Father-daughter pair honor late friend, MS sufferers on national bike ride day

CONTRIBUTED PHOTO - Last weekendÕs National MS Society ÒBike MSÓ ride wasnÕt the first for Marshall County Sheriff Steve Hoffman and his daughter, Taylor, but this yearÕs event had extra weight. Former law enforcement officer and State Center Mayor Jake Osgood, who had multiple sclerosis, died earlier this year. The father-daughter pair rode over 100 miles on June 23 in memory of Osgood and others suffering from MS.

Losing a friend is always tragic, but one family resolved to honor the late Jake Osgood during the June 23 National MS Society ‘Bike MS’ event.

“It’s been a long-standing team for us, this was our 14th year in it,” Marshall County Sheriff Steve Hoffman said of Team Jake, established in 2005.

Osgood, who died earlier this year at 54, suffered from multiple sclerosis and was the team’s namesake. With his passing, Hoffman and his daughter Taylor, 14, decided to take the bike ride a step further this year.

“The team did the 65-mile route, then we had a picnic in Ankeny after that,” Hoffman said. “Then we got back on the bikes and headed out of Ankeny, riding up toward Baxter and eventually we got our 100 miles in.”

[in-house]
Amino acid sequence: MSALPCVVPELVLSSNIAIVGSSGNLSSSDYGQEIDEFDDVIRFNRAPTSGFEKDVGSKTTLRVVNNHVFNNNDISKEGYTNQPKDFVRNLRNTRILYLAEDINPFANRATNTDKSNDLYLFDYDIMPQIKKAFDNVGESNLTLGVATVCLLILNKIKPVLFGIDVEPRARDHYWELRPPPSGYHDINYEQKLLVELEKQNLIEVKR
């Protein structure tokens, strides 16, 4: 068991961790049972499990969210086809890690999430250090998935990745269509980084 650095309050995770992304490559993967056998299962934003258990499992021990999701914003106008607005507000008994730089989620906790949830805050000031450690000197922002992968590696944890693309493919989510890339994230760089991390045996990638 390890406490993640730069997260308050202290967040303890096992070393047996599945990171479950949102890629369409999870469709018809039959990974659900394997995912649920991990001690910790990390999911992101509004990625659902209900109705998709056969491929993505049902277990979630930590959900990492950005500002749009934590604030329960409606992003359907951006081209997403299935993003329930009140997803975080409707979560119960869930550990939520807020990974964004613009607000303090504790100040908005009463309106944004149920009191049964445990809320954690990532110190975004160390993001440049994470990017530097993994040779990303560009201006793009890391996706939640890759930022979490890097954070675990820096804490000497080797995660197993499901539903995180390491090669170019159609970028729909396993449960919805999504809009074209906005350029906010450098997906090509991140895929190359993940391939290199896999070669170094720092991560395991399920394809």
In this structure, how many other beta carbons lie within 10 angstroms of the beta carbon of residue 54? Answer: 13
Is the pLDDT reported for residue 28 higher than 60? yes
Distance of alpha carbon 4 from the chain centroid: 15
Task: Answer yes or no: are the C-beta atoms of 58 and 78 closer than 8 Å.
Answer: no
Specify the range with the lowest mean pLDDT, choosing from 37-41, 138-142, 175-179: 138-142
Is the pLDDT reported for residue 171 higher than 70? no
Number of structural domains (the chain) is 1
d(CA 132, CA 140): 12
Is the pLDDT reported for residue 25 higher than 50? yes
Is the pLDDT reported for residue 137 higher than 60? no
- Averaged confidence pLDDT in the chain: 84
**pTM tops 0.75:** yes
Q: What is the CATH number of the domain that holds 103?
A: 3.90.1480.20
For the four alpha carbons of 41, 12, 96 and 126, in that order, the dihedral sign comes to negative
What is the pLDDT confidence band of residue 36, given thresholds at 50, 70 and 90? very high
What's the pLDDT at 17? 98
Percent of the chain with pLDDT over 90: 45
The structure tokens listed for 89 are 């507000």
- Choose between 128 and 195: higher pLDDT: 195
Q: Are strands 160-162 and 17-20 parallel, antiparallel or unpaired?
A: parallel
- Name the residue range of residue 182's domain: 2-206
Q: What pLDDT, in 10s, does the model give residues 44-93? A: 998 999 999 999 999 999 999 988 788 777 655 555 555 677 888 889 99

Taylor Hoffman said she was happy to put in the extra effort.

“I was determined to do the 100 miles and we got it done,” she said.

Osgood served as a law enforcement prior to his diagnosis in the mid-1990s. He ended up having to retire early from the profession as a result — he was also elected the mayor of State Center in the 2000s.

Taylor Hoffman said she had other people in mind during the 100-mile ride, including the late Bob Polley, who suffered from MS and died in 2013.

Melbourne resident Aaron Polley, Bob Polley’s son, said he’s participated in the Bike MS event since 2010.

“My dad had multiple sclerosis for 22 years, so Steve (Hoffman) had asked me to ride,” Polley said. “The significance of it to me is just being able to raise money in hope that research will provide a cure for those suffering with MS and to bring more awareness.”

He said it was awful to watch his father suffer from the central nervous system disease. Some forms of MS are more noticeable than others and there is currently no known cure for the disease, according to the National MS Society.

“He was a great man and had a great spirit about it … but I would’ve given anything to take it away,” Polley said of his father.

Steve Hoffman and Polley said their children grew up with the Bike MS event every year. Once they get to the age of 12, the kids are able to participate in the ride.

“They all look forward to turning 12 and riding,” Steve Hoffman said. He said he is still accepting donations and checks made out to the National MS Society can be sent to his attention at the Marshall County Sheriff’s Office, 2369 Jessup Ave.

Polley said the National MS Society is open to online donations at https://www.nationalmssociety.org.

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Contact Adam Sodders at (641) 753-6611 or asodders@timesrepublican.com